Comparatively, all ACE inhibitors have similar antihypertensive efficacy when equivalent doses are administered. The main point-of-difference lies with captopril, the first ACE inhibitor, which has a shorter duration of action and increased incidence of certain adverse effects (cf. captopril).
Certain agents in the ACE inhibitor class have been proven, in large clinical studies, to reduce mortality post-myocardial infarction, prevent development of heart failure, etc. The ACE inhibitor most prominently recognized for these qualities is ramipril (Altace). Because ramipril has been shown to reduce mortality rates even among patient groups not suffering from hypertension, there is widespread belief that ramipril's benefits may extend beyond those of the general abilities it holds in common with other members of the ACE inhibitor class.
The ACE inhibitors are contraindicated in patients with:
ACE inhibitors should be used with caution in patients with:
ACE inhibitors are ADEC Pregnancy category D, and should be avoided in women who are likely to become pregnant. In the U.S., ACE inhibitors are required to be labelled with a "black box" warning concerning the risk of birth defects when taking during the second and third trimester. It has also been found that use of ACE inhibitors in the first trimester is also associated with a risk of major congenital malformations, particularly affecting the cardiovascular and central nervous systems.
Potassium supplementation should be used with caution and under medical supervision owing to the hyperkalaemic effect of ACE inhibitors.
ACE inhibitors share many common characteristics with another class of cardiovascular drugs called angiotensin II receptor antagonists, which are often used when patients are intolerant of the adverse effects produced by ACE inhibitors. ACE inhibitors do not completely prevent the formation of angiotensin II, as there are other conversion pathways, and so angiotensin II receptor antagonists may be useful because they act to prevent the action of angiotensin II at the AT1 receptor.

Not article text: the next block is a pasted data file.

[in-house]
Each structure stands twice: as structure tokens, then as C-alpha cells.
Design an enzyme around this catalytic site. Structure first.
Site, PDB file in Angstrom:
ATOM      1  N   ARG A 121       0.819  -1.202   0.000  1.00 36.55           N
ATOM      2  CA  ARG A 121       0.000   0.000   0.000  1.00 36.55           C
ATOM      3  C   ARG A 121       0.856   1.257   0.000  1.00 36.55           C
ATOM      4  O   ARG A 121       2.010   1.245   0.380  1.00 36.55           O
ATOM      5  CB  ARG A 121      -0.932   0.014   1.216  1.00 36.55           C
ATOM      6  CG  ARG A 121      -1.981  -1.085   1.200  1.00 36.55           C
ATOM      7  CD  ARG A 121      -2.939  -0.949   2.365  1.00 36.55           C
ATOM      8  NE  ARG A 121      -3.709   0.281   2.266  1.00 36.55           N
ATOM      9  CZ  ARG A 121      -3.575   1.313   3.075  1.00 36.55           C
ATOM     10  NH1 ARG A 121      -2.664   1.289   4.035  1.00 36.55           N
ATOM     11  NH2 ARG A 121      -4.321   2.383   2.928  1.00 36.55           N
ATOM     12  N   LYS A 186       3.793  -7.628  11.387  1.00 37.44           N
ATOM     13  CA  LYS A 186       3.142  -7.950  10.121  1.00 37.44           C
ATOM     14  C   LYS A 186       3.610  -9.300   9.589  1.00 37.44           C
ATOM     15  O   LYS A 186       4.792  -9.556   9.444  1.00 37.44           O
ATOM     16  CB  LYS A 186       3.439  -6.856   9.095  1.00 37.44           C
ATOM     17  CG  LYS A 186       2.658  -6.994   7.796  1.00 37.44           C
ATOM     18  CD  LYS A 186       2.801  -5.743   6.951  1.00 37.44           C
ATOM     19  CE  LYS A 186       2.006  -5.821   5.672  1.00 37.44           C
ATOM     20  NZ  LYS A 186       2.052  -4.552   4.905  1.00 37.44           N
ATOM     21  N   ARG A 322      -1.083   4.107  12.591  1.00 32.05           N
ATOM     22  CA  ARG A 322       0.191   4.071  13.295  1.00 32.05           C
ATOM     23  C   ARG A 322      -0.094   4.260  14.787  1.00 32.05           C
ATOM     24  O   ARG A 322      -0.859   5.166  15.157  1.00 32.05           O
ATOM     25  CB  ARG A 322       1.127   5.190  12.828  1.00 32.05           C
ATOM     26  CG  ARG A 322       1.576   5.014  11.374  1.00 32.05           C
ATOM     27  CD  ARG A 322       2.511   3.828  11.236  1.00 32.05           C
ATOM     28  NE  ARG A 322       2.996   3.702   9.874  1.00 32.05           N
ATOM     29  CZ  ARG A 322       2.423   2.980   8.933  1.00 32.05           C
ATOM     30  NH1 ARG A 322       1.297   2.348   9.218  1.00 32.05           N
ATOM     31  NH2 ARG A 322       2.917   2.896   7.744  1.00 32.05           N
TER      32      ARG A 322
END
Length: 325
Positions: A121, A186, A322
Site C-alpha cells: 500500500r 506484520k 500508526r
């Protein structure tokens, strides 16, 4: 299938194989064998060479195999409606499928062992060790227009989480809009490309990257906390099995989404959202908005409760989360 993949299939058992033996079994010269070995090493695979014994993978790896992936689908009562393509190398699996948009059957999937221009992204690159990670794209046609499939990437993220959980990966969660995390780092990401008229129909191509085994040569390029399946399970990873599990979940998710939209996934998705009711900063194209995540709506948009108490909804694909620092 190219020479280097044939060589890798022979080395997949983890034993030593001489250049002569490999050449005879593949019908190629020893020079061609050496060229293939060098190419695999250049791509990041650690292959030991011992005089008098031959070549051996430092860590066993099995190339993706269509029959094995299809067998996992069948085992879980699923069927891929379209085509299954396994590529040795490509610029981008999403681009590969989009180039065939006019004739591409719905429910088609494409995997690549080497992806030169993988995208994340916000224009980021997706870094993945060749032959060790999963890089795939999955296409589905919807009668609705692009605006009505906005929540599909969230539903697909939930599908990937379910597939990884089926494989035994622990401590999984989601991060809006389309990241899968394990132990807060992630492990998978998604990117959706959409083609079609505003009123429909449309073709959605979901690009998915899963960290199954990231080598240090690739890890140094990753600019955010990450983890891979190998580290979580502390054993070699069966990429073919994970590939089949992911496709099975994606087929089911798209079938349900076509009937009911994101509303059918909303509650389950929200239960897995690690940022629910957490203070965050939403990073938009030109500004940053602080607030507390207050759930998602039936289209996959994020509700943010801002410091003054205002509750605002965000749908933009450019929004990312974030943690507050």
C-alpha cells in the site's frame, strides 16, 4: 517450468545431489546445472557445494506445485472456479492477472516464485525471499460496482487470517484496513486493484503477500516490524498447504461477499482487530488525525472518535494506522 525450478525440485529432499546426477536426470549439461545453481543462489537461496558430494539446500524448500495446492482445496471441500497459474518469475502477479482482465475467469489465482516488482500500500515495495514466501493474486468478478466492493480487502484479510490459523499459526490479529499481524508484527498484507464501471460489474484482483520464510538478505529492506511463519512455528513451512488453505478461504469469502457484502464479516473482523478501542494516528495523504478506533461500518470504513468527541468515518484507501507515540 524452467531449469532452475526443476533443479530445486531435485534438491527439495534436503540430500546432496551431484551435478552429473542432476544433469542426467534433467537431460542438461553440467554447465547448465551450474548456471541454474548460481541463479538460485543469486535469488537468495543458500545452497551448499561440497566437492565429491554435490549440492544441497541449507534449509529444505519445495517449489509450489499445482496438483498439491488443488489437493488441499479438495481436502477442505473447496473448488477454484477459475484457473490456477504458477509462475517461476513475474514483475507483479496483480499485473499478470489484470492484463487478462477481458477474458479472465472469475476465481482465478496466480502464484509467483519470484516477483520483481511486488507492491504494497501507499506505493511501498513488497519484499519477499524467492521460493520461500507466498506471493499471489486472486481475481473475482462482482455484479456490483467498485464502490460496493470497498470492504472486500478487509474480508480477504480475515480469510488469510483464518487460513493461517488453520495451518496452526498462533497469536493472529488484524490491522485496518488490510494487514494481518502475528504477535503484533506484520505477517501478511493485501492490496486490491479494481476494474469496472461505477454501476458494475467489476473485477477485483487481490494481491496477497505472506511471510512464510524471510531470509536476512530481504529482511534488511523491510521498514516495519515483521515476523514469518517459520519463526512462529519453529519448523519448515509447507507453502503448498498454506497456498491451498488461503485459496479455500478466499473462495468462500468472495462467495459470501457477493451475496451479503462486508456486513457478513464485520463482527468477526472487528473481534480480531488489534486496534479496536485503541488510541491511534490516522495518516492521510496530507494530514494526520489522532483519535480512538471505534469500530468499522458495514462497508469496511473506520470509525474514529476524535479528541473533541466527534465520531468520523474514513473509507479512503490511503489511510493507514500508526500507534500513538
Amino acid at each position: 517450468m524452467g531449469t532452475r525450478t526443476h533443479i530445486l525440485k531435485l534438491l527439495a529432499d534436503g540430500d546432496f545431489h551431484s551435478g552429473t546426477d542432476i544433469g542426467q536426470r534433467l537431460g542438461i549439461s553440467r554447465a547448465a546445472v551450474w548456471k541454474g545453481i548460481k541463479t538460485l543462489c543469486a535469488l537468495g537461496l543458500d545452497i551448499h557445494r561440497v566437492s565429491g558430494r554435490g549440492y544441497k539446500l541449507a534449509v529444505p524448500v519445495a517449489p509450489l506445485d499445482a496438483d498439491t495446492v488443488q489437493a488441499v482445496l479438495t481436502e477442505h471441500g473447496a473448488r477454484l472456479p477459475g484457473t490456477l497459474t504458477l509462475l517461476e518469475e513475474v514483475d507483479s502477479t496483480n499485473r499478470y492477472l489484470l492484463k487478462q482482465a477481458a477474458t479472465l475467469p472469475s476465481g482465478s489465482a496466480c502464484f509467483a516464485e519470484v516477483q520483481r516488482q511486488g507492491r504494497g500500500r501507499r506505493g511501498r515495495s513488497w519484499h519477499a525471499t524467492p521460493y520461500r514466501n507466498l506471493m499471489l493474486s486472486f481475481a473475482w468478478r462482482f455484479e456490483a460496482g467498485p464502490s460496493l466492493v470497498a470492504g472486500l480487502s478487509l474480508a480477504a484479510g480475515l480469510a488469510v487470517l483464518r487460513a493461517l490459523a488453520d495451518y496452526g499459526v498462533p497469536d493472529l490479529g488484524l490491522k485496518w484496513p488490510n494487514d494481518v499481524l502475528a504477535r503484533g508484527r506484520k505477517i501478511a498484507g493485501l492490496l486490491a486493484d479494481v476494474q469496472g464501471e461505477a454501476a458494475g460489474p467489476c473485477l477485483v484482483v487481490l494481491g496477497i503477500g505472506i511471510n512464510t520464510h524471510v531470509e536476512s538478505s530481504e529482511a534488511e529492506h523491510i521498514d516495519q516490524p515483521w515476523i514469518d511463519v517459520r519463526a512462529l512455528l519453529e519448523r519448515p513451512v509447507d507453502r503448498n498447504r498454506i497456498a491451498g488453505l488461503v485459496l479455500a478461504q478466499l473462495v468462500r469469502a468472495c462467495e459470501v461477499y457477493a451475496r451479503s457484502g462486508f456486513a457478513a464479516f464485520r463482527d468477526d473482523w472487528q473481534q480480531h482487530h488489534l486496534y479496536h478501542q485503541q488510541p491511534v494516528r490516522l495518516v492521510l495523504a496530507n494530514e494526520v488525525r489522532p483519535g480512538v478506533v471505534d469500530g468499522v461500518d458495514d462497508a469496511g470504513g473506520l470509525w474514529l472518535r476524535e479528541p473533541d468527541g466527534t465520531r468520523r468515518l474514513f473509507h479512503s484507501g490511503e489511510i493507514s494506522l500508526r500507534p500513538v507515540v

The most compelling evidence has been found for the treatment of nephropathy: this combination therapy partially reversed the proteinuria and also exhibited a renoprotective effect in patients afflicted with diabetic nephropathy, and pediatric IgA nephropathy.
The first step in the development of (ACE) inhibitors was the discovery of angiotensin converting enzyme (ACE) in plasma by Leonard T. Skeggs and his colleagues in 1956. The conversion of the inactive angiotensin I to the potent angiotensin II was thought to take place in the plasma. However, in 1967, Kevin K. F. Ng and John R. Vane showed that the plasma (ACE) was too slow to account for the conversion of angiotensin I to angiotensin II in vivo. Subsequent investigation showed that rapid conversion occurs during its passage through the pulmonary circulation.
Bradykinin is rapidly inactivated in the circulating blood and it disappears completely in a single passage through the pulmonary circulation. Angiotensin I also disappears in the pulmonary circulation due to its conversion to angiotensin II. Furthermore, angiotensin II passes through the lungs without any loss. The inactivation of bradykinin and the conversion of angiotensin I to angiotensin II in the lungs was thought to be caused by the same enzyme. In 1970, Ng and Vane using bradykinin potentiating factor (BPF) provided by Sérgio Henrique Ferreira showed that the conversion of angiotensin I to angiotensin II was inhibited during its passage through the pulmonary circulation.
Bradykinin potentiating factor (BPF) is derived from the venom of the pit viper (Bothrops jararaca). It is a family of peptides and its potentiating action is linked to inhibition of bradykinin by ACE. Molecular analysis of BPF yielded a nonapeptide BPF teprotide (SQ 20,881) which showed the greatest (ACE) inhibition potency and hypotensive effect in vivo. Teprotide had limited clinical value, due to its peptide nature and lack of activity when given orally. In the early 1970s, knowledge of the structure-activity relationship required for inhibition of ACE was growing. David Cushman, Miguel Ondetti and colleagues used peptide analogues to study the structure of ACE, using carboxypeptidase A as a model. Their discoveries led to the development of captopril, the first orally-active ACE inhibitor in 1975.
Captopril was approved by the United States Food and Drug Administration in 1981. The first non-sulfhydryl-containing (ACE) inhibitor enalapril was marketed two years later. Since then, at least twelve other ACE inhibitors have been marketed.